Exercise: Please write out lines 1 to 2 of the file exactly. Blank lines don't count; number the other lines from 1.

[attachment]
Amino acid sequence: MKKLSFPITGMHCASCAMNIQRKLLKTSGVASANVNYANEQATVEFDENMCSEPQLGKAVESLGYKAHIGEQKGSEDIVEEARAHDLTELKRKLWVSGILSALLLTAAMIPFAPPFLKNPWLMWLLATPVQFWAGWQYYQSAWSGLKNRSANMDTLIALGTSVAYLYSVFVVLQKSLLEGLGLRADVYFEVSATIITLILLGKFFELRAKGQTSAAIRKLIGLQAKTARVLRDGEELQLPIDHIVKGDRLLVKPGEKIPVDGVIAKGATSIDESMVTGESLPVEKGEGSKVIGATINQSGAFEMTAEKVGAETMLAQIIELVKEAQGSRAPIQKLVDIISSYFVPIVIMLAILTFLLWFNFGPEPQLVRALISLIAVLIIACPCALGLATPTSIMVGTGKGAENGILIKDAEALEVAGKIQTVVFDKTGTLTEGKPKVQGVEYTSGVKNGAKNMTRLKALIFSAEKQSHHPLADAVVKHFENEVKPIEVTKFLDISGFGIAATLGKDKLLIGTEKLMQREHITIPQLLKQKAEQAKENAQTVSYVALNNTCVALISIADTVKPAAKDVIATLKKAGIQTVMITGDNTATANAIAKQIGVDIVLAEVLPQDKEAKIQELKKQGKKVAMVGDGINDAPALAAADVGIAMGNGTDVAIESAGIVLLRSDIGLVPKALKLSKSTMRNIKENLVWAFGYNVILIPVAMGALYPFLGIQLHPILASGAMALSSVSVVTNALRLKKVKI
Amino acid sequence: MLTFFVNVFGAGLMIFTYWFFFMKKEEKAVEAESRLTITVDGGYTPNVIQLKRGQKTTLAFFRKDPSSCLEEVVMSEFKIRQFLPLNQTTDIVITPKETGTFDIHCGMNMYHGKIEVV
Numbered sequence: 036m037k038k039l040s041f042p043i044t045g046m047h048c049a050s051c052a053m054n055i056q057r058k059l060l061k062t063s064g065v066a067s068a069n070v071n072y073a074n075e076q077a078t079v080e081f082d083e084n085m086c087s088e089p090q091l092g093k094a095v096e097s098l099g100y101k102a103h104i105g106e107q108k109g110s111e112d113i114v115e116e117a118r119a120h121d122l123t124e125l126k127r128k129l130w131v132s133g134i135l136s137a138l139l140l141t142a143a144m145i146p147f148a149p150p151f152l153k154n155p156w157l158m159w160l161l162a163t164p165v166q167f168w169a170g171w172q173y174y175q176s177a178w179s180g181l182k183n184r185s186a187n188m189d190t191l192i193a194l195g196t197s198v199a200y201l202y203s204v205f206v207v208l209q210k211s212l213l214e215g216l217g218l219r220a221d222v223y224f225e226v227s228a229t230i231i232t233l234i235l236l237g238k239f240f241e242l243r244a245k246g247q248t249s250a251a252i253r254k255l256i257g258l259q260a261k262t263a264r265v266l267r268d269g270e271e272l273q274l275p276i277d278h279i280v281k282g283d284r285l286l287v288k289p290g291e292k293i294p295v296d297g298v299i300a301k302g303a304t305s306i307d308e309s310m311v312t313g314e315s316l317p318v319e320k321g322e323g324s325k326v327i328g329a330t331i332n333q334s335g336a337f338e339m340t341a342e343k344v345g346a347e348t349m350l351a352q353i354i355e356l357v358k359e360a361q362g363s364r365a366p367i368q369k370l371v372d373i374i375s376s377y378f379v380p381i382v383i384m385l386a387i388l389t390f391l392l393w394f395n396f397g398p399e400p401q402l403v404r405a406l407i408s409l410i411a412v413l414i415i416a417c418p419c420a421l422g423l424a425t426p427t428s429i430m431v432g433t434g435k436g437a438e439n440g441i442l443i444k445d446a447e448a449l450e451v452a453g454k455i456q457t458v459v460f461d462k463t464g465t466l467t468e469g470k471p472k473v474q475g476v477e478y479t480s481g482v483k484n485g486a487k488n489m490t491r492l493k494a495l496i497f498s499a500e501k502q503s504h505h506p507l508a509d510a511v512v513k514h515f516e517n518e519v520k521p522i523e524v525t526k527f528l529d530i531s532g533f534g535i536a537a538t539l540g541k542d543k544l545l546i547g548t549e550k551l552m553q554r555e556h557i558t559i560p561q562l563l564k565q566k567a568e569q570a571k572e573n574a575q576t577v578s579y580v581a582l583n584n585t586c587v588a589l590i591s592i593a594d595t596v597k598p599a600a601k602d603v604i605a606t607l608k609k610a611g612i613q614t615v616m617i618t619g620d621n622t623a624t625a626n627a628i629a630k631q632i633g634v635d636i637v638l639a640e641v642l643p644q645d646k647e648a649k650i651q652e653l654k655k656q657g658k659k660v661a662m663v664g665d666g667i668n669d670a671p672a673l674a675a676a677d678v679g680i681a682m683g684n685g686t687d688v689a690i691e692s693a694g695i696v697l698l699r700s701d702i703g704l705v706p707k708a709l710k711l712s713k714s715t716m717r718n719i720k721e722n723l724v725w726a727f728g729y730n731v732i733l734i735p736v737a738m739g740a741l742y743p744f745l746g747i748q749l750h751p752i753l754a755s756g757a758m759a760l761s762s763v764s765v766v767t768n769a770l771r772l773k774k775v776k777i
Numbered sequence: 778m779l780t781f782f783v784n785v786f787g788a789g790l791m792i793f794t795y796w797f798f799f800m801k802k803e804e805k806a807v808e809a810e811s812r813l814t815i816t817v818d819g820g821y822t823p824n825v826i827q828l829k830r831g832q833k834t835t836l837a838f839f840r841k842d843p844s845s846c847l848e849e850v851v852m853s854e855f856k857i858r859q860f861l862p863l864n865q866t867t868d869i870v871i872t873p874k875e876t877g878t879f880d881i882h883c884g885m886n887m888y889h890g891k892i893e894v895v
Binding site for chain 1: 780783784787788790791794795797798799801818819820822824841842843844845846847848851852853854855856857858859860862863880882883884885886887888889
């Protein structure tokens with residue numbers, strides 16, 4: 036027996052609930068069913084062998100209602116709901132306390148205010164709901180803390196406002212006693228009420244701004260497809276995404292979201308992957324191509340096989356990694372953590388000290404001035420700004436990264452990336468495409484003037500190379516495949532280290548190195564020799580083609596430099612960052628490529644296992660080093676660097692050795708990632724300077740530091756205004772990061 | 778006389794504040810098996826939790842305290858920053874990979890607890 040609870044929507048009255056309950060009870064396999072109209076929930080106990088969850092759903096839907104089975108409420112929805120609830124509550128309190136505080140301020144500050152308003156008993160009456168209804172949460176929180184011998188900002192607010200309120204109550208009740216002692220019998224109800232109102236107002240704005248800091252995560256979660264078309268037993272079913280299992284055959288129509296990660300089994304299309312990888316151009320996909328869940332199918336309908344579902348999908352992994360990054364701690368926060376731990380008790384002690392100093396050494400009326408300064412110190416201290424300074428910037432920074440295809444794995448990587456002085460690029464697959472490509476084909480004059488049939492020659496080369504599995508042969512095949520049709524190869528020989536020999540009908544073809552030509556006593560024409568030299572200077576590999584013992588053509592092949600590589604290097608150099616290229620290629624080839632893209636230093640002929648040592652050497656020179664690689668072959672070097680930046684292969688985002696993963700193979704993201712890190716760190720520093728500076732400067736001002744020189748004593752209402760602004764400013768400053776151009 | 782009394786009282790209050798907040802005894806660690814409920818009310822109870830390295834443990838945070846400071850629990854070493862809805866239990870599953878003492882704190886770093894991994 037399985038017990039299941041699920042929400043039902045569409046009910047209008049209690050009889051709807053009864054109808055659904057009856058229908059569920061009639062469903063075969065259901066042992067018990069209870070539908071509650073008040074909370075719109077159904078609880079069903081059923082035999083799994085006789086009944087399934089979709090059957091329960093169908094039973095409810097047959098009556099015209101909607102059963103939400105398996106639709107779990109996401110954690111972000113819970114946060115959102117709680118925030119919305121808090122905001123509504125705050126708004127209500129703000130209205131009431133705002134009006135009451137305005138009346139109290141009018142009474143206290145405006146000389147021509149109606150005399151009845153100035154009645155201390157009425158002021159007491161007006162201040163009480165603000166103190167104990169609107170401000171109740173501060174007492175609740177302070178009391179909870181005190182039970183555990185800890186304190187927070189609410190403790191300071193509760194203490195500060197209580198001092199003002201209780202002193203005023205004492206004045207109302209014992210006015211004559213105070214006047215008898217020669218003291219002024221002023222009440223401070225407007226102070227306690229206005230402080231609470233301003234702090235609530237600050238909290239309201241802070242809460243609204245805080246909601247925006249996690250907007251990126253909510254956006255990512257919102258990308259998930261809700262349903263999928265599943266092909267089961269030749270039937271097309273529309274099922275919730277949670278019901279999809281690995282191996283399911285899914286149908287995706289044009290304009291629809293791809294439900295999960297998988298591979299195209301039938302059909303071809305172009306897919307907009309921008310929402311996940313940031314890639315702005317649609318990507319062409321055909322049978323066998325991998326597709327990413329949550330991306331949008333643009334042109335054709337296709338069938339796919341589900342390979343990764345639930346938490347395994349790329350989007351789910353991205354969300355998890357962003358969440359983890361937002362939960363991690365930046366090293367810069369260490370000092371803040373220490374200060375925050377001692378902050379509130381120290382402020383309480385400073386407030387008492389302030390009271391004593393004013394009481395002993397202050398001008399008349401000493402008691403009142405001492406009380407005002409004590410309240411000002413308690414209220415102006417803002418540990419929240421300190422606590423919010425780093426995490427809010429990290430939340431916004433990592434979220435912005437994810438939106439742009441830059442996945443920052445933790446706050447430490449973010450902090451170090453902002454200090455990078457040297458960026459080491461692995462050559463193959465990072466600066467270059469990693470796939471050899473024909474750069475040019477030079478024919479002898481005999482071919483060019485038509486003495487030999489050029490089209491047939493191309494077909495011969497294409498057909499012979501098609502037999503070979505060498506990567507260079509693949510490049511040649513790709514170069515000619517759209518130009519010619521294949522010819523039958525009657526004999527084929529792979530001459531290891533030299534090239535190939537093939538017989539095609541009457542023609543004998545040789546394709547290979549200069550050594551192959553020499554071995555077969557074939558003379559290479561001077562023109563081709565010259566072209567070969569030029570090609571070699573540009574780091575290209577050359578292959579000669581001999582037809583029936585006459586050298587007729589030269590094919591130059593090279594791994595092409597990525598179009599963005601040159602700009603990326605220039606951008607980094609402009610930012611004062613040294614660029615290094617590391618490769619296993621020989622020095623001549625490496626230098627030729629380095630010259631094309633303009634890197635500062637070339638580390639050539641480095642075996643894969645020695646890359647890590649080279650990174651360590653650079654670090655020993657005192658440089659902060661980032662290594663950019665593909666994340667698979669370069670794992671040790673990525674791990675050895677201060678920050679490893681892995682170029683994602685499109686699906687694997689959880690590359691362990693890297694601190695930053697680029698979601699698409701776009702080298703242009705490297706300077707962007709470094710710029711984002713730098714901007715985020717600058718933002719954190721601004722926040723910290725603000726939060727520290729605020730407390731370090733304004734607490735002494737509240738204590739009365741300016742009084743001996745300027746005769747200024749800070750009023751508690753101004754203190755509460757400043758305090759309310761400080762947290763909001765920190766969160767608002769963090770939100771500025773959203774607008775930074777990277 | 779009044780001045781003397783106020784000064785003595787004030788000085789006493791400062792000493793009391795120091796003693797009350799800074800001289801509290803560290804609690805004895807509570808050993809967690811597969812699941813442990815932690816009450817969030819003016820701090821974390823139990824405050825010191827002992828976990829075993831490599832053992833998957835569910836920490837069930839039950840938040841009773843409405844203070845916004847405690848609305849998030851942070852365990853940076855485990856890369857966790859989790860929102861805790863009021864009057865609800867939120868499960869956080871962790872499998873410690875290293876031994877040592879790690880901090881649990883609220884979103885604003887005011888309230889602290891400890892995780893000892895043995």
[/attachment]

Amino acid sequence: MKKLSFPITGMHCASCAMNIQRKLLKTSGVASANVNYANEQATVEFDENMCSEPQLGKAVESLGYKAHIGEQKGSEDIVEEARAHDLTELKRKLWVSGILSALLLTAAMIPFAPPFLKNPWLMWLLATPVQFWAGWQYYQSAWSGLKNRSANMDTLIALGTSVAYLYSVFVVLQKSLLEGLGLRADVYFEVSATIITLILLGKFFELRAKGQTSAAIRKLIGLQAKTARVLRDGEELQLPIDHIVKGDRLLVKPGEKIPVDGVIAKGATSIDESMVTGESLPVEKGEGSKVIGATINQSGAFEMTAEKVGAETMLAQIIELVKEAQGSRAPIQKLVDIISSYFVPIVIMLAILTFLLWFNFGPEPQLVRALISLIAVLIIACPCALGLATPTSIMVGTGKGAENGILIKDAEALEVAGKIQTVVFDKTGTLTEGKPKVQGVEYTSGVKNGAKNMTRLKALIFSAEKQSHHPLADAVVKHFENEVKPIEVTKFLDISGFGIAATLGKDKLLIGTEKLMQREHITIPQLLKQKAEQAKENAQTVSYVALNNTCVALISIADTVKPAAKDVIATLKKAGIQTVMITGDNTATANAIAKQIGVDIVLAEVLPQDKEAKIQELKKQGKKVAMVGDGINDAPALAAADVGIAMGNGTDVAIESAGIVLLRSDIGLVPKALKLSKSTMRNIKENLVWAFGYNVILIPVAMGALYPFLGIQLHPILASGAMALSSVSVVTNALRLKKVKI
Amino acid sequence: MLTFFVNVFGAGLMIFTYWFFFMKKEEKAVEAESRLTITVDGGYTPNVIQLKRGQKTTLAFFRKDPSSCLEEVVMSEFKIRQFLPLNQTTDIVITPKETGTFDIHCGMNMYHGKIEVV